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Career pathways for Mechatronics?

I've researched a little on the topic, but have only found videos about robotics engineers. Is this the only pathway specialized for an individual with a mechatronics degree? Or is it broader than that? As a tenth grader, I want to be fully informed of every opportunity I have in engineering and technology, so I can pick appropriately.
#engineering #technology #robotics #career

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Steven’s Answer

You may be limiting yourself with the term Mechatronics. Try looking into Control Systems, or PLCs programming for a more broad view of how electronics interact with mechanisms.

I would recommend getting a degree in a "core" engineering discipline, especially electrical engineering. Your first job probably won't be exactly what you are looking for, but once you have some industry experience you should be able to pivot to a more Mechatronics oriented role. A more broad degree will only open more doors that a specialized degree would otherwise close to you.
Thank you comment icon Thank you for answering! This was great advice, and I really like your approach. At the university I want to go to, all engineering disciplines are massively popular, one of which being mechatronics. I was quite confused about why admission averages for this degree ranged in the mid-90s, and how very few were selected. Even with this in mind, I believe that electrical or computer engineering was even more popular, and in terms of the students studying at the university, it was more highly regarded as well. Aun
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Richard’s Answer

in general "mechatronics" is just an amalgamation of mechanical and electronics engineering, which suggests a mesh of the two, "Robotics" distinct itself by adding "autonomous" features to the creation you may be involved in. Thats just a fancy word for saying "its making decisions". This is just one in an increasing list of "subtopics" thats now being mashed together in that word.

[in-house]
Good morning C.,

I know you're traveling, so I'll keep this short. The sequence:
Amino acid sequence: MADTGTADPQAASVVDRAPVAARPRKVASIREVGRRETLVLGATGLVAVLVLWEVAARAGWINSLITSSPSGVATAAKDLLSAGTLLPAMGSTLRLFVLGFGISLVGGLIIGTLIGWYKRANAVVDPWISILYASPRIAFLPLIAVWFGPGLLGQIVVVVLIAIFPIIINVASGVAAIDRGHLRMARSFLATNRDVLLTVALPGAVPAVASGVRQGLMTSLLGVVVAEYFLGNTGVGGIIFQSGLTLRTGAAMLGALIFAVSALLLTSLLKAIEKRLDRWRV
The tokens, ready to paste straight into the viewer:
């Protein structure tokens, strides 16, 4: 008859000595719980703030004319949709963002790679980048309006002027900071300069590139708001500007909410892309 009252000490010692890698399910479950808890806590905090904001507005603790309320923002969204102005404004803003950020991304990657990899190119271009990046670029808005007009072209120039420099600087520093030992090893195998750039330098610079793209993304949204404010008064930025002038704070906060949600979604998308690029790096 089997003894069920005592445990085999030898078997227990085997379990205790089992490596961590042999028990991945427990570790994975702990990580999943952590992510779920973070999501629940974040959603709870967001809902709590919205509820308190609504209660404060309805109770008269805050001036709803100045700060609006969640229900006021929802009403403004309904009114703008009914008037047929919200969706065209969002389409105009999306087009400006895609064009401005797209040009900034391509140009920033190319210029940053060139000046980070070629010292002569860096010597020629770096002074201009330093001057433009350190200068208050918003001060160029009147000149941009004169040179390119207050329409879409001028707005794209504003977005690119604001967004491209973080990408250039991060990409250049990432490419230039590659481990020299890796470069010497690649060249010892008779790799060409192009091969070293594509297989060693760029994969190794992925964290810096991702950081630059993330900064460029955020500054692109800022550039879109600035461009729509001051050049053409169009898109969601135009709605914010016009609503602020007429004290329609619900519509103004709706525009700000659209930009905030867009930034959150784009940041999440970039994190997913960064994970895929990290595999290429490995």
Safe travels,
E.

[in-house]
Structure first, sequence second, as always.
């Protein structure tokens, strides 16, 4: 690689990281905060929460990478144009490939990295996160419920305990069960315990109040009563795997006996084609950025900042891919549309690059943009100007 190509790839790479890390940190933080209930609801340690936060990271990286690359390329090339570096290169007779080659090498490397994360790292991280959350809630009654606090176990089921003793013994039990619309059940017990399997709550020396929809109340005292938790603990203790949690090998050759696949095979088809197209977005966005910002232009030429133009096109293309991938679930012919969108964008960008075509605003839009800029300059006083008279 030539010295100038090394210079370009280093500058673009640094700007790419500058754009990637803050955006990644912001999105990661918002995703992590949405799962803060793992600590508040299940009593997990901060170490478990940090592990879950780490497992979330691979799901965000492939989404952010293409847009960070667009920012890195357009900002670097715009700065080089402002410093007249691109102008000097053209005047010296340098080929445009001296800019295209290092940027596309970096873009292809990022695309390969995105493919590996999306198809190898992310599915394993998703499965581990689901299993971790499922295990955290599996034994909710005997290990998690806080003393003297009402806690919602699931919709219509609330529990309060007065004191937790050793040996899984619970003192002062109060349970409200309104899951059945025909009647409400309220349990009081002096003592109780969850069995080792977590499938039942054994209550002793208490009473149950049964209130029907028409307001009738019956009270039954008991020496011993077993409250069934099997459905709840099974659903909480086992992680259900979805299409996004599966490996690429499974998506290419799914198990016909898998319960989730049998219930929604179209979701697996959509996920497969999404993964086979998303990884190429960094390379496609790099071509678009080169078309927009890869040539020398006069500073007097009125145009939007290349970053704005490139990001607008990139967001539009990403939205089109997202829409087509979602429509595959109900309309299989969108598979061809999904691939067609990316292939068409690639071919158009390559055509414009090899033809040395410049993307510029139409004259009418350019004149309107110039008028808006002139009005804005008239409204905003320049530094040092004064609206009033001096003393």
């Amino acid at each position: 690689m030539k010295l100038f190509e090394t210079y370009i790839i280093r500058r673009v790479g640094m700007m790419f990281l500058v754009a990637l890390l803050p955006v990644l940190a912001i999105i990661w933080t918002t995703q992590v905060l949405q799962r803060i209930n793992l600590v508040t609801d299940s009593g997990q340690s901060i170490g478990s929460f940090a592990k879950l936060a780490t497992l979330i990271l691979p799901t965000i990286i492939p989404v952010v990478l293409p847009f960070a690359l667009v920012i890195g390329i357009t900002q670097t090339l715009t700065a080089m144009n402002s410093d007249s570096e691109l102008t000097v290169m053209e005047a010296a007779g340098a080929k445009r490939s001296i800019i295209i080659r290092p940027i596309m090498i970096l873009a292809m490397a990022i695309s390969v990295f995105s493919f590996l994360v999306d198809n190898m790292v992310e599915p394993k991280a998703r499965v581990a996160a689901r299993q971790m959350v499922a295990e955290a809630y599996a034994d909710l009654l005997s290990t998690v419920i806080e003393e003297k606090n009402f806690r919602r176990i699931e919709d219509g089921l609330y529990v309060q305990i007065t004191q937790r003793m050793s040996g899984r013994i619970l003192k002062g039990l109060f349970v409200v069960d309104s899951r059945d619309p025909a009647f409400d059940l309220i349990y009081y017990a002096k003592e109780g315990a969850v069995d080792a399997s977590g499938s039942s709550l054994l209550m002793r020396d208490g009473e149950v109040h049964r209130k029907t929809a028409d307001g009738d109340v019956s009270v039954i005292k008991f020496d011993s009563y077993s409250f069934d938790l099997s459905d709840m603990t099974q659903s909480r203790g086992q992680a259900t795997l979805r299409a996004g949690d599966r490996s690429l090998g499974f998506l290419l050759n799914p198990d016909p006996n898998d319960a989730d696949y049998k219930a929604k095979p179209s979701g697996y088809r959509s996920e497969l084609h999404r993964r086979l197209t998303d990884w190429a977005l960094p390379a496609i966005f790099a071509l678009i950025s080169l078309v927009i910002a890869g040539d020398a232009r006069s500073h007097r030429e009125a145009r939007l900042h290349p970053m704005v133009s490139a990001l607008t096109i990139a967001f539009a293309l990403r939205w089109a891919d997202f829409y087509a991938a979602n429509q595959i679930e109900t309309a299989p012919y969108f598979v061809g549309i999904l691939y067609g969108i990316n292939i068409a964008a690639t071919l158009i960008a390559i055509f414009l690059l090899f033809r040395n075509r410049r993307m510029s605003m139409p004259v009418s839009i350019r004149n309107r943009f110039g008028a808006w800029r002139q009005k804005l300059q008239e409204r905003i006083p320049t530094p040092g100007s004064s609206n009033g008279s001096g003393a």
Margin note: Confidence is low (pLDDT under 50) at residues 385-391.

The study is just one of the considerations before the haze of options sharpens into a clear set of career and academic goals.

As I have said many times.. first understand what YOU like most, figure out where that may put you when your in the workforce, THEN look at what others have done to get there by looking at job postings, and then study these resumes of people that are qualified.

This should help clear up all the options that seem a bit out of focus in your decision matrix.

to help think about you options , here is a cool duagram ( ironically on the wikipedia topic "mechatronics" , that shows how and where these study areas can mash together.

good luck to you !

Richard "term-i-nator" Wolf
Thank you comment icon Wow thanks, If I would upvote this twice if I could! Thank you for your advice and process of immersing oneself into a career path, I've been trying to do this with software development so far and I'm struggling, but I believe that I'll be able to achieve competence by following these steps. This field gets me really excited and pumped, I'm definitely down on learning this during my spare time as well. Thank you so much, and all the best! Aun
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Robert J.’s Answer

Hello ambitious one,

So you want to work on mechatronics? Very cool. My suggestion is you start learning about engineering. I'm a mechanical engineer and I design new products for people. Instead of playing video games, start learning CAD (computer aided design). Both Solidworks and Creo are excellent, and student editions are available for low cost. It's fun! You can 3D print your part designs. In a couple years you can even get a job with your CAD skills. At the same time, you need to start learning basic electronics. Writing code is important too. You can do it, just need to feed your brain some great knowledge.
I had my first CAD job when I was 18. Started me on the path to a Mechanical Engineering degree.
Don't worry about graduating early, you have plenty of time. Just keep learning, and stay in school even if it's just one junior college class.
Let me know if I can help.
Thank you comment icon Wow, Thank you so much! I'm motivated to learn as much as I can about engineering and computer science-related disciplines, especially because of the limited responsibilities! I really appreciate your help, I will keep these suggestions while I'm learning and deciding on the engineering discipline I want to pursue! All the best! Aun